Roy Hodgson says Wayne Rooney will be mandatory starter at Euro 2016

England's Wayne Rooney applauds the fans at the end of the match

Roy Hodgson said England will play with style in Euro 2016 and insisted it was a “good problem”, only a week before their opening game of the tournament, that he was still trying to find a system where Wayne Rooney, Harry Kane and Jamie Vardy could flourish in the same team.

Hodgson’s tactic to use Kane and Vardy as split strikers, with Rooney operating in the No10 role, struggled to take off in the 1-0 win against Portugal on Thursday, and the England manager must decide whether to keep his midfield diamond or revert to a 4-3-3 formation against Russia on 11 June.

Kane and Vardy were asked to double up as wide players, marking the Portugal full-backs, when England did not have the ball and Rooney’s position at the forward tip of the diamond meant removing Dele Alli from his best role. Hodgson was irritated by questions about what he called “the Wayne Rooney show” and made it absolutely clear, yet again, that his captain would be a mandatory starter in France. “You’re talking about the player who has played 111 games for England and scored 52 goals, so perhaps his best position is anywhere on the field,” he said pointedly.

Rooney’s preference when he is not starting as a striker is to operate on the left side of midfield, believing he can see more of the game and therefore exert a greater influence from that position than in the No10 role. “It’s a good problem to have, shoehorning in attacking players,” Hodgson said. “I don’t think I’ve had that for a long time – a lot of good attacking players to shoehorn in – so you won’t find me complaining.”

Hodgson goes into the tournament knowing his job is on the line, with the Football Association waiting to see how England play before deciding whether he warrants another contract. One of the mandates is for him to deliver a team who play attractive football and Hodgson has been stung by the criticism of the team’s performance against Portugal.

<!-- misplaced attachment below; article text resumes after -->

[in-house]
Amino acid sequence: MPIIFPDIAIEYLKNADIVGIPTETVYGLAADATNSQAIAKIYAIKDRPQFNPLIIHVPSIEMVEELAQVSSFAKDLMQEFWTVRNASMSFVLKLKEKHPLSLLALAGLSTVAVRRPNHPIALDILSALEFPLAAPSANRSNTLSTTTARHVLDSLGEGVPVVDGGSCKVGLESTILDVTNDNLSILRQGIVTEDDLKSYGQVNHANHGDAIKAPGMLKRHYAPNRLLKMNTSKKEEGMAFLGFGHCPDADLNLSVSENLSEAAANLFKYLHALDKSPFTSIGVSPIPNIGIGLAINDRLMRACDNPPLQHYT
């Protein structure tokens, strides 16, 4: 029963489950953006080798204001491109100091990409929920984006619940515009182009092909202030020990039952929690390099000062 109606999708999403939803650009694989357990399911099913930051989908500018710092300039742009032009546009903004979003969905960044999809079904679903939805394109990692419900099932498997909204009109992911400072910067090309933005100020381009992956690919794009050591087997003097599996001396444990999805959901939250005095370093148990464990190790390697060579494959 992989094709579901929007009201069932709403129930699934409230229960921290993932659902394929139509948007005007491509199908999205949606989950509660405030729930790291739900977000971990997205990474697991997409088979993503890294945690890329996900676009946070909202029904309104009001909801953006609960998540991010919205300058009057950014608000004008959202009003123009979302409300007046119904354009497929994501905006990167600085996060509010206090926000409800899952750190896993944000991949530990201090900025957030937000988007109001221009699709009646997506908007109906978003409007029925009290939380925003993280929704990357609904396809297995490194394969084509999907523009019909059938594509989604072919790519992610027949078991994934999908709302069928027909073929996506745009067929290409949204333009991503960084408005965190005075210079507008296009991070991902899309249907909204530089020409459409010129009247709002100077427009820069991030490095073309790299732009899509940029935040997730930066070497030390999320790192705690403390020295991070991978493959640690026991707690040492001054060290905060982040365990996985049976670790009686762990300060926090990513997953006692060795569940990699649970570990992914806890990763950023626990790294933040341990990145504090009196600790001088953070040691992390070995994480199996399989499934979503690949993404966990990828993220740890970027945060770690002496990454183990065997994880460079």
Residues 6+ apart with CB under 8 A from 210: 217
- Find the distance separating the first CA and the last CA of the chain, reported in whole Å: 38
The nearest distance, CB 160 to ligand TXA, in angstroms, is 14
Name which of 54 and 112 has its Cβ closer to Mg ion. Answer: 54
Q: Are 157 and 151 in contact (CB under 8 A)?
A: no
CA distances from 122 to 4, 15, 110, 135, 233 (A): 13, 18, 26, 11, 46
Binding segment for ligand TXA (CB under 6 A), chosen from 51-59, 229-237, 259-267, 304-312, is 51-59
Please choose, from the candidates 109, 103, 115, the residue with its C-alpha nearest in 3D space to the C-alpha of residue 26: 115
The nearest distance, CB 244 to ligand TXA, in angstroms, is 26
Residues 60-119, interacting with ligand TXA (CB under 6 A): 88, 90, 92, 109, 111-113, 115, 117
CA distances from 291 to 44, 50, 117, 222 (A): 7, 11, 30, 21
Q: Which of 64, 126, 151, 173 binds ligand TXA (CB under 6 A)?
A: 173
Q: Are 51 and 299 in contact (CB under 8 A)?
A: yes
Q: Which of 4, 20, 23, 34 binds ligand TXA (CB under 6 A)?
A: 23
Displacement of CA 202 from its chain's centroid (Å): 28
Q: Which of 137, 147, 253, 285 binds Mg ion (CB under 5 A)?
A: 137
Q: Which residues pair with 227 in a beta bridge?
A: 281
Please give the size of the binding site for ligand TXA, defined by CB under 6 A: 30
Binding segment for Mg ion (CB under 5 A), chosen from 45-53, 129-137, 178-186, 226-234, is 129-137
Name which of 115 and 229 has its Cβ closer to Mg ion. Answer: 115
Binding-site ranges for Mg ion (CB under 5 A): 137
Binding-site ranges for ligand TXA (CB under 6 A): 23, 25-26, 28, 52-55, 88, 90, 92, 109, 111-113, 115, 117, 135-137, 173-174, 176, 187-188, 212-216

“We do try to play with style,” he said. “We’ll always try to play with style. If you watch the game again, you will see some very good moments in our attacking play. We do it because we think it’s the best way of winning – pushing our full-backs forward, getting our width in that area, trying to get midfield players into the pockets, trying to get our front players behind the opposition’s back players. We don’t lump the ball into the box, hoping for the best. We try to recirculate the ball and that’s what we did [against Portugal] on many occasions. It gave me satisfaction.

“Would I have liked to have seen more goal chances? A little bit more success with the final passes? More composure in the final third? Of course I would. But this is 11 players playing against 11 others – 11 human beings. Some had good games and others didn’t have such good games, and that’s going to be my fate going to this tournament. We don’t have hindsight. We don’t know how well or badly each player, when we select the team, is going to play.”

Meanwhile Harry Kane has admitted England struggled to implement their diamond formation effectively against the Portuguese as the Tottenham forward and Vardy drifted too wide to accommodate Rooney’s presence in the middle. “We’d been working on it in training, trying different systems, and we went with the diamond but they made it difficult when they wentdown to 10 men,” he added.

“They really dropped off and shut up the middle of the pitch. Jamie and I felt we had to go a bit wider to get the ball and in hindsight, maybe we should have stayed a bit closer together.”

Powered by Guardian.co.ukThis article was written by Daniel Taylor, for The Guardian on Friday 3rd June 2016 22.45 Europe/London

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